In this study, we did not really measure pain, anxiety and depression, but the patients' perception of its intensity. The Visual Analogy Scales were chosen because of their sensibility, simplicity and reproducibility for pain. We considered that these characteristics could also be duplicated for anxiety and depression perceptions(9).

This study central issue is to determine if pain intensity flotation is an important question for fibromyalgia patients' quality of life. Medical literature has pointed that fear of future pain causes a negative influence on life quality. Söderberg et al conclude that fibromyalgia patients refer as negative the following factors: daily pain intensity variation, lack of confidence on health professionals, type A personality and lack of coherence(10). Fear of future pain is one of the most reported influencing factors. Patients comment that not knowing how they will be able to perform their tasks on the next day generates a lot of anxiety(11).

Several behavioral, emotional and environmental factors may determine pain variability. Low temperature, humidity, intense physical activity and, on the other hand, prolonged immobility has been associated to pain worsening(8).

The studied patients showed a significant pain intensity variation through the periods of the day. The period with less reported pain is the afternoon. It was not observed the same variation on depression and anxiety perceptions.

The relation of emotional disturbances and pain is well defined by medical literature on fibromyalgia. Its frequency varies from 40 to 80%, at several studies with fibromyalgia patients. There is a predominance of depression and anxiety. There are scientific reports of a clear association between depression and pain intensity(12). Our data did not confirm this information for all periods of the day, since it was observed such significant correlations only for the morning. So, one could not assume that pain can be exacerbated according exclusively to the mood status. For sure, other factors have contributed to pain intensity besides the emotional aspects(13).

In relation to quality of life, although it does not occur during the whole day, it correlates significantly with pain, depression and anxiety intensity perceptions.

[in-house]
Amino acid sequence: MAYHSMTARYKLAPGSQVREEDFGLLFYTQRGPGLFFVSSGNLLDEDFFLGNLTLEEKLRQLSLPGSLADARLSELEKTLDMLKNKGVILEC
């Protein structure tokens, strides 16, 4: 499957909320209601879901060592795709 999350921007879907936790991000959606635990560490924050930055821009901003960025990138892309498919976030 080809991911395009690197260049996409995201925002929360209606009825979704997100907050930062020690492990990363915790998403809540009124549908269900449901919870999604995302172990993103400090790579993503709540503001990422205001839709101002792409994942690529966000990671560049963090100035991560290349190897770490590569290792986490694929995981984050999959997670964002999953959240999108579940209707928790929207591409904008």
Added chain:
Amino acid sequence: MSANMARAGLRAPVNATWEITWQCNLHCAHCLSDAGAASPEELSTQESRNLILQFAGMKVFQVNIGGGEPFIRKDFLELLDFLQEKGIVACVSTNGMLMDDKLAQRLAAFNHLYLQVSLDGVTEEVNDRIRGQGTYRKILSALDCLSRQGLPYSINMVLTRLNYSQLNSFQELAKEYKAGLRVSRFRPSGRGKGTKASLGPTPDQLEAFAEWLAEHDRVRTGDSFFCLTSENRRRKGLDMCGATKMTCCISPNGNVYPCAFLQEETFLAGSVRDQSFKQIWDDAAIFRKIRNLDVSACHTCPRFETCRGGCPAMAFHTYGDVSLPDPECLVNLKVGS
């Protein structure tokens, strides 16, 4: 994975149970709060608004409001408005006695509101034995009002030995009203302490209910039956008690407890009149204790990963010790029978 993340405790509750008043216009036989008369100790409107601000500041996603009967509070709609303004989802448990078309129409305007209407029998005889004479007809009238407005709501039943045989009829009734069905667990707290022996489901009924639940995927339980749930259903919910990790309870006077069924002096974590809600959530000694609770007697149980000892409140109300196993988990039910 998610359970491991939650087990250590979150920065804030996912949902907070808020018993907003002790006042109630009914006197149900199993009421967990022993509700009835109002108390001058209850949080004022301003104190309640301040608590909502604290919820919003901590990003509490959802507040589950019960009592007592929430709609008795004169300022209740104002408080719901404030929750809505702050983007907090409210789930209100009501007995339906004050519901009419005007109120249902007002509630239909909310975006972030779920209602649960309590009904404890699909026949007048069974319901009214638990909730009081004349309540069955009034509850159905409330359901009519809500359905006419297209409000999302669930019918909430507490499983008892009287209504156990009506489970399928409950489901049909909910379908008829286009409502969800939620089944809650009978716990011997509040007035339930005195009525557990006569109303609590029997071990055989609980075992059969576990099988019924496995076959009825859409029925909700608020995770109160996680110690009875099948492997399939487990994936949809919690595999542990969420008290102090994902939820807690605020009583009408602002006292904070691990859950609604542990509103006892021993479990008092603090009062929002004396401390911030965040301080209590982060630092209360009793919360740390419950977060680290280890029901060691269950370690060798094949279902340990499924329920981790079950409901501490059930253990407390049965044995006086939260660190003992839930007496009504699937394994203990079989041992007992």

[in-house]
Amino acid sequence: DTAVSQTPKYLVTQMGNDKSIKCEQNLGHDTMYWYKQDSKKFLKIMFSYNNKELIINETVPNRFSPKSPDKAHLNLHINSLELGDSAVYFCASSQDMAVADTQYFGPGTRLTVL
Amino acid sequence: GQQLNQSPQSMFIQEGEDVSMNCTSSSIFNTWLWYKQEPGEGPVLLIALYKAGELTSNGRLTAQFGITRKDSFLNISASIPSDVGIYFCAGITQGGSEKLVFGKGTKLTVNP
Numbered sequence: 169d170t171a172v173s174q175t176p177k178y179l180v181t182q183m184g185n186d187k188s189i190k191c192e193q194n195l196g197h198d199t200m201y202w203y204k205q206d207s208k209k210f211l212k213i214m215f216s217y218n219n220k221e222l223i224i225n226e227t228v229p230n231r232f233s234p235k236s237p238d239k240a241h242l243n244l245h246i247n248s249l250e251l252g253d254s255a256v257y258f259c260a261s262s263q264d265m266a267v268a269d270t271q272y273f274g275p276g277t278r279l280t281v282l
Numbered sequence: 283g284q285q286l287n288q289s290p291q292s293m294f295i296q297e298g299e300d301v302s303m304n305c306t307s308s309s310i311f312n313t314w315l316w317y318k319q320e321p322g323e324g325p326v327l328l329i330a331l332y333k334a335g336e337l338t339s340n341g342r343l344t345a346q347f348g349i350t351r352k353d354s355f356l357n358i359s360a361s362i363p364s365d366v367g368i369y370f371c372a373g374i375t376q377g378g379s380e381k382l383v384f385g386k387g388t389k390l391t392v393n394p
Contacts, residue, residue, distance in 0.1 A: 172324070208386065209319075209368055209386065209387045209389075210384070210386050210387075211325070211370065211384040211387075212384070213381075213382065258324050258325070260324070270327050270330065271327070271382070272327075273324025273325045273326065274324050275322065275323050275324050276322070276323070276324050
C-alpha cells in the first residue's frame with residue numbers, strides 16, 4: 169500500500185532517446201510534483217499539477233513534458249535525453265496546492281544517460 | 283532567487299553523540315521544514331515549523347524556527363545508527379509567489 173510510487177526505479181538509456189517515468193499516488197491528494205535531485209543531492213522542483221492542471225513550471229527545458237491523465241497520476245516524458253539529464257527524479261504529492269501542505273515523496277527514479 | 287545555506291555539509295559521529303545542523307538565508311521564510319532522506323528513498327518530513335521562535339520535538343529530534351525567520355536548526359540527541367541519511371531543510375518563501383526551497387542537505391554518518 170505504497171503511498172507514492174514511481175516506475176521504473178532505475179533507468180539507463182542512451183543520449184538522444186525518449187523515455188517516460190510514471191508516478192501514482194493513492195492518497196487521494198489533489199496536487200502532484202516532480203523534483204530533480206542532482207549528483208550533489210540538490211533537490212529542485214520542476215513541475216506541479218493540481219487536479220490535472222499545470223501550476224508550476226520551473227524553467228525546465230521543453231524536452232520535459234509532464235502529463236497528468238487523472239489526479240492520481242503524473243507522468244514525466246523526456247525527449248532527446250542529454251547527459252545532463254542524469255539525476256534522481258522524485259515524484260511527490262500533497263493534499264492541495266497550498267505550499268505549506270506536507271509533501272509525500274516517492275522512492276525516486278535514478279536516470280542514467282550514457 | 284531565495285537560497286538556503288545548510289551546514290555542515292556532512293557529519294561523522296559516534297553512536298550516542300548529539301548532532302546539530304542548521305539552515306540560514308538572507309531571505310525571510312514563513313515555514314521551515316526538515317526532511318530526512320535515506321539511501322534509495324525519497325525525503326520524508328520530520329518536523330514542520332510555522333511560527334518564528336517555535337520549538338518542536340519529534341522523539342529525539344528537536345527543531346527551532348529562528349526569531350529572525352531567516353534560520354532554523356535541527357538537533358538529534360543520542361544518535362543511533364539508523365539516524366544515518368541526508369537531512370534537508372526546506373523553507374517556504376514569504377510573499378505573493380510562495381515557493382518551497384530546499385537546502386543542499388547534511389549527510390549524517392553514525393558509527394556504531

It is concluded that there is a significant pain intensity variation along the day periods and that there is a correlation between pain and anxiety and pain and depression in the morning during the study period. There is a significant correlation of quality of life with pain in the morning, anxiety in the afternoon and evening and depression in all periods of the day.

 

REFERENCES

1. Yunus MB, Masi AT, Calabro JJ, et al.: Primary fibromyalgia (fibrositis): clinical study of 50 patients with matched normal controls. Semin Arthritis Rheum 11: 151-71, 1981.         [ Links ]

2. Kurtze N, Gundersen KT, Svebak S: Quality of life, functional disability and lifestyle among subgroups of fibromyalgia patients: the significance of anxiety and depression. British J Medical Psychology 72: 471-84, 1999.         [ Links ]

3. Goldenberg DL: Fibromyalgia syndrome: an emerging but controversial condition. JAMA 257: 2782-7, 1987.         [ Links ]

4. Martinez JE, Ferraz MB, Fontana AM, Atra E: Psychological aspects of Brazilian women with fibromyalgia. J Psychossomatic Res 39: 197-74, 1995.         [ Links ]

5. Lavin MM: Fibromyalgia as a neuropathic pain syndrome. Rev Bras Reumatol 43: 168, 2003.         [ Links ]

6. Bernard AL, Prince A, Edsall P: Quality of life issues for fibromyalgia patients. Arthritis Care Res 13: 42-5, 2000.         [ Links ]

7. Burckhardt CS, Clark SR, Bennett RM: The fibromyalgia impact questionnaire: development and validations. J Rheumatol 18: 728-33, 1991.         [ Links ]

8. Martinez JE, Ferraz MB, Sato EI, Atra E: Fibromyalgia vs rheumatoid arthritis: a longitudinal comparison of quality of life. J Rheumatol 22: 201-4, 1995.         [ Links ]

9. Silva JAS, Ribeiro Filho NP: Avaliação e mensuração da dor: pesquisa, teoria e prática. Ribeirão Preto, SP: Funpec, 2006.         [ Links ]

10. Söderberg S, Lundman B, Norberg A: Living with fibromyalgia: sense of coherence, perception of well-being and stress in daily life. Res Nurs Health 20: 495-503, 1997.         [ Links ]

11. Turk DC, Robinson JP, Burwinkle T: Prevalence of fear of pain and activity in patients with fibromyalgia syndrome. Pain 5: 483-90, 2004.         [ Links ]

12. Keel P: Psychological and psychiatric aspects of fibromyalgia syndrome (FMS). J Rheumatol 57 (Suppl 2): 97-100, 2005.         [ Links ]

13. Levine JD, Reichling DB: Fibromyalgia: the nerve of that disease. J Rheumatol 32 (Suppl 75): 29-37, 2005.         [ Links ]

 

 

Corresponding author:
José Eduardo Martinez
Rua Portugal, 63
18045-280, Sorocaba, SP, Brazil
e-mail: jemartinez@pucsp.br

Recebido em 3/4/2008.
Aprovado, após revisão, em 14/7/2008.
Conflits of interest: nothing to disclose.

 

 

Conjunto Hospitalar de Sorocaba (CHS); Pontiphical Catholic University of São Paulo (PUC-SP), São Paulo, SP, Brazil.